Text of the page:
Truth be told, you’re still likely to find large filing cabinets and folders filled with documents in many offices. People still print out their documents, stick them in a folder and put it in the corner filing cabinet. Of course, paper documents are hard to find, maintain, modify, send around etc. – the usual problems. They’re also vulnerable to disasters e.g. a fire could destroy years of information.
Today’s workflow software market is filled with confusing myths. In reality, automation has become affordable, easy and fast. Let’s clear up some of the worst misconceptions.
A workflow is an activity that someone in your organization performs on a routine basis to achieve a well-defined goal. Workflows are characterized by (i) a series of repetitive tasks and (ii) flow of data.
Common workflow examples used everyday across every business include purchase order processing, time off request approvals, travel reimbursements, and new hire onboarding.
Today, almost every business understands the benefits of automating these everyday processes. They know that talent is their most valuable resource and they don’t want employees to waste time on paper- or email-based processes.
In life or in business, risk taking has benefits and may even be an essential ingredient of success. Quite the opposite when it comes to procurement – the last thing you want is risk. A smoothly functioning procurement process is standardized and dependable.
Purchase Orders (PO) and Purchase Requisitions are extremely common documents that practically every business uses. They help businesses control costs, ensure that employees cannot bypass business standards and that the business gets the best possible deal. Problems are easier to track down. If the vendor delivers the wrong items, the signed copy of the purchase order proves what the business actually ordered.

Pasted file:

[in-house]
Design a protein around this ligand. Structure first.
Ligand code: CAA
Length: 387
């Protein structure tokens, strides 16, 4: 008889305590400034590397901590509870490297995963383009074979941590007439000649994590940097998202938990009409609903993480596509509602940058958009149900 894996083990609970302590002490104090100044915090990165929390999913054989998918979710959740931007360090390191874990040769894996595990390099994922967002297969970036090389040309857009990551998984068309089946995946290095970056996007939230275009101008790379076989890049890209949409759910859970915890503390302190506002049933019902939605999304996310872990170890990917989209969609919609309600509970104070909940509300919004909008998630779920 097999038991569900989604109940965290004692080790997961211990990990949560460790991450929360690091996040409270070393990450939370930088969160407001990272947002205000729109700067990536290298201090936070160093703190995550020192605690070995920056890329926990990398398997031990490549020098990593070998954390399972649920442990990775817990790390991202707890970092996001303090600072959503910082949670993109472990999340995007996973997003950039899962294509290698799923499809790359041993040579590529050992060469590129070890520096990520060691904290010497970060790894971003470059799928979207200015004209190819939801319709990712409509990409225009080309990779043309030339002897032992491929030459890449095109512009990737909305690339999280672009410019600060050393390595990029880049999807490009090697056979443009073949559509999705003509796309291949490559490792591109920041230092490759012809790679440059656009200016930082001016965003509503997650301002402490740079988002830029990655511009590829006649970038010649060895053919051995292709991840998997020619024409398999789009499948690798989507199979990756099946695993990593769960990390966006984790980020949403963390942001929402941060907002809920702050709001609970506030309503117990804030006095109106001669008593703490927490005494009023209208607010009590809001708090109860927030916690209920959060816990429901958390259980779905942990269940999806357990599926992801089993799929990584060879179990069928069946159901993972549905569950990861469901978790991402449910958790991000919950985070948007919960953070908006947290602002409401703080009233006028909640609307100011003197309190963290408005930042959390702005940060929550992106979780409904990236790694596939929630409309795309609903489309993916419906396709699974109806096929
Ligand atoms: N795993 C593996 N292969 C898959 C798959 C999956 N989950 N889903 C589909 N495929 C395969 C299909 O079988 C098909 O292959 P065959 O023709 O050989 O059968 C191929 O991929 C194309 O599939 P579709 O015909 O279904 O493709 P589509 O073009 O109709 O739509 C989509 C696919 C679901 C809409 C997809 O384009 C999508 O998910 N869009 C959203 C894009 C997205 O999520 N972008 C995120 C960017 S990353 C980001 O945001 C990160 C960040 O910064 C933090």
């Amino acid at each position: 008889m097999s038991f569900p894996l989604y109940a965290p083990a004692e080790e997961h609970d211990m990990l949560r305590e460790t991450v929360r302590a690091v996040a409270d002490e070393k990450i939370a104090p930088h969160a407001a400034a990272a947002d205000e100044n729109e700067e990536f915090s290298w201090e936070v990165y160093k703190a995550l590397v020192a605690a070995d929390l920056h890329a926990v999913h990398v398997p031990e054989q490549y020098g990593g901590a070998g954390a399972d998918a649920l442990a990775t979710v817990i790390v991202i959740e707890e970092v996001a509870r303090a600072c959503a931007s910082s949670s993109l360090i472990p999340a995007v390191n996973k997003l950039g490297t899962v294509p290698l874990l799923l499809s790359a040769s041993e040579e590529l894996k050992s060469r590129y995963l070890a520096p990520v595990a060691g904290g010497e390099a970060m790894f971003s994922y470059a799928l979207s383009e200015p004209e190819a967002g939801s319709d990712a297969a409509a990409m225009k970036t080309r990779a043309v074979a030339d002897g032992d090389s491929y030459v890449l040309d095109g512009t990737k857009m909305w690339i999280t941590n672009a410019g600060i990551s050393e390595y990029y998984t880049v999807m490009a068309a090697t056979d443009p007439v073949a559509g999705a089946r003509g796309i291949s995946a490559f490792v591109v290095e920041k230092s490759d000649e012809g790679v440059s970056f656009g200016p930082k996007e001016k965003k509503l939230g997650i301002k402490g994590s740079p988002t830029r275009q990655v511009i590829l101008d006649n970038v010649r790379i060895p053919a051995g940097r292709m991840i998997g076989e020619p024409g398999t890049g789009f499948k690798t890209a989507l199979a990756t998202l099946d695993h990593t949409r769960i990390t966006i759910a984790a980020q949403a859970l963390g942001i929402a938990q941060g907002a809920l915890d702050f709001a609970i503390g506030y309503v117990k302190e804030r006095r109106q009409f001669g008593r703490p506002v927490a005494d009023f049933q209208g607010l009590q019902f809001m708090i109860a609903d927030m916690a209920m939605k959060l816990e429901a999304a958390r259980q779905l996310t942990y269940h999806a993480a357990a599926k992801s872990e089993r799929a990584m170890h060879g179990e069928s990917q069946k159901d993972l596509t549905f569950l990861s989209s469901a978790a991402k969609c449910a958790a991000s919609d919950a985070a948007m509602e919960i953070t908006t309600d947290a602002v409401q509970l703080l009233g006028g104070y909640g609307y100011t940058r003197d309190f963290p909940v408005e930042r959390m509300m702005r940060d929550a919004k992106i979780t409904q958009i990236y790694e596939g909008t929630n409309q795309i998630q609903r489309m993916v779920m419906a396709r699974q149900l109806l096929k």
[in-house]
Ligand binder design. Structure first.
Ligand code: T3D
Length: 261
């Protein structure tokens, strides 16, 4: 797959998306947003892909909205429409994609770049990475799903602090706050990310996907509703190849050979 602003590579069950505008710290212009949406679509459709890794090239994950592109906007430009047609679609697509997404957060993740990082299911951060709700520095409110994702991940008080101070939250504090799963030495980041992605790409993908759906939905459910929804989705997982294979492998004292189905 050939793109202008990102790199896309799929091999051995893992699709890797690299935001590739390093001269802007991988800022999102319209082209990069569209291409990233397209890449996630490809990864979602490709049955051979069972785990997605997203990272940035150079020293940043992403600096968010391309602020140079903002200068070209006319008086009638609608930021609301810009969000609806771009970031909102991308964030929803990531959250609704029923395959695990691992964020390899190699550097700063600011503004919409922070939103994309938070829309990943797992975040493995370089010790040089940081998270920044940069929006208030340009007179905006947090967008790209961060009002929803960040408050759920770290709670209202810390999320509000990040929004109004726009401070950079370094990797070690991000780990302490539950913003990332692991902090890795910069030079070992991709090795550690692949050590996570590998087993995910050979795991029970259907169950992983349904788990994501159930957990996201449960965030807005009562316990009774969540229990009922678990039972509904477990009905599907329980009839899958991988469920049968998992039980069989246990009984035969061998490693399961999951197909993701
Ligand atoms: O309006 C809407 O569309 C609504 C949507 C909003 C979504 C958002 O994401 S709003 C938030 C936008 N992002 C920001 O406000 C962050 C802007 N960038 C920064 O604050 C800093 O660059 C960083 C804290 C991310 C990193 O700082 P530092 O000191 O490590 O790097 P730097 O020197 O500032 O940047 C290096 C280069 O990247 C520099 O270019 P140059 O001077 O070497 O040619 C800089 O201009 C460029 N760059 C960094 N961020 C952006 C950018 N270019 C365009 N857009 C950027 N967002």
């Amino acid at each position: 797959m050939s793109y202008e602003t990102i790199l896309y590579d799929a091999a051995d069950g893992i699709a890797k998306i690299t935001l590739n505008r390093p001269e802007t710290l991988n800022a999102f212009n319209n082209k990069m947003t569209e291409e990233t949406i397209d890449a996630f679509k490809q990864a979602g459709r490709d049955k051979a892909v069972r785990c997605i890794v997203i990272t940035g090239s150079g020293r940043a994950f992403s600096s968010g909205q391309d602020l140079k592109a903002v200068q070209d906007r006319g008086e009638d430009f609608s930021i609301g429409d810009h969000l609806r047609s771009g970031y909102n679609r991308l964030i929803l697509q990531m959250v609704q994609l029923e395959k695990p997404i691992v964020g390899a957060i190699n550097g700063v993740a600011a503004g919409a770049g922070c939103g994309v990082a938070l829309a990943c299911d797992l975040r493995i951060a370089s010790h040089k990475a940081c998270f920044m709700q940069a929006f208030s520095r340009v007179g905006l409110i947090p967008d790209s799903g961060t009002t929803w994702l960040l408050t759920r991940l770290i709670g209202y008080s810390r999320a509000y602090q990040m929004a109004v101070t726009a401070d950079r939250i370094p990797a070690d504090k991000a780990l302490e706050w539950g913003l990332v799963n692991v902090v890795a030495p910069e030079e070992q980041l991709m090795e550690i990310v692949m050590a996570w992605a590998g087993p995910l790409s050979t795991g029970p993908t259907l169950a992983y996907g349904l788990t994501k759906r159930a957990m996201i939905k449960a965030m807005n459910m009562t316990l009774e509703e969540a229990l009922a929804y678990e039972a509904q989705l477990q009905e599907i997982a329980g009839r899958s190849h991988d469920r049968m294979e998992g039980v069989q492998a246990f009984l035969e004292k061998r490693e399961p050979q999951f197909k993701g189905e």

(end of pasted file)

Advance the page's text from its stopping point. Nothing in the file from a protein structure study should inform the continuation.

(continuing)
Organizations create a sales order form to list the products and services being ordered by a customer. The customer may provide one or more purchase orders (PO) for that purpose.
The sales order is a document that’s created internally by the company so that it may process the order in a controlled manner with the necessary checks, authorizations and signatures in place. Generally, the sales order form includes any associated purchase orders for convenience. In some cases, the sales order may also be sent externally to the client for signature, for example, to formally accept Terms & Conditions.
Workflow analysis is the process by which your business examines data about its workflows, determines trends and improves their efficiency. In turn, this improves customer satisfaction and the competitiveness of the business itself.
In most cases, if you ask people why a particular workflow is setup the way it is, they’ll tell you “That’s how we’ve always done it.” The design probably made sense years ago but as the business and its environment have changed, the workflow was probably never updated.
Workflow analysis is the first step towards these necessary updates. Apply it in the following ways:
Organizations of every stripe – small businesses, schools & colleges, and even some large companies – continue to email Excel sheets to approve purchase requests and issue a purchase order. While that’s better than paper, Excel still has numerous disadvantages particularly in today’s mobile-centric, data-driven world. You need a fully digital solution.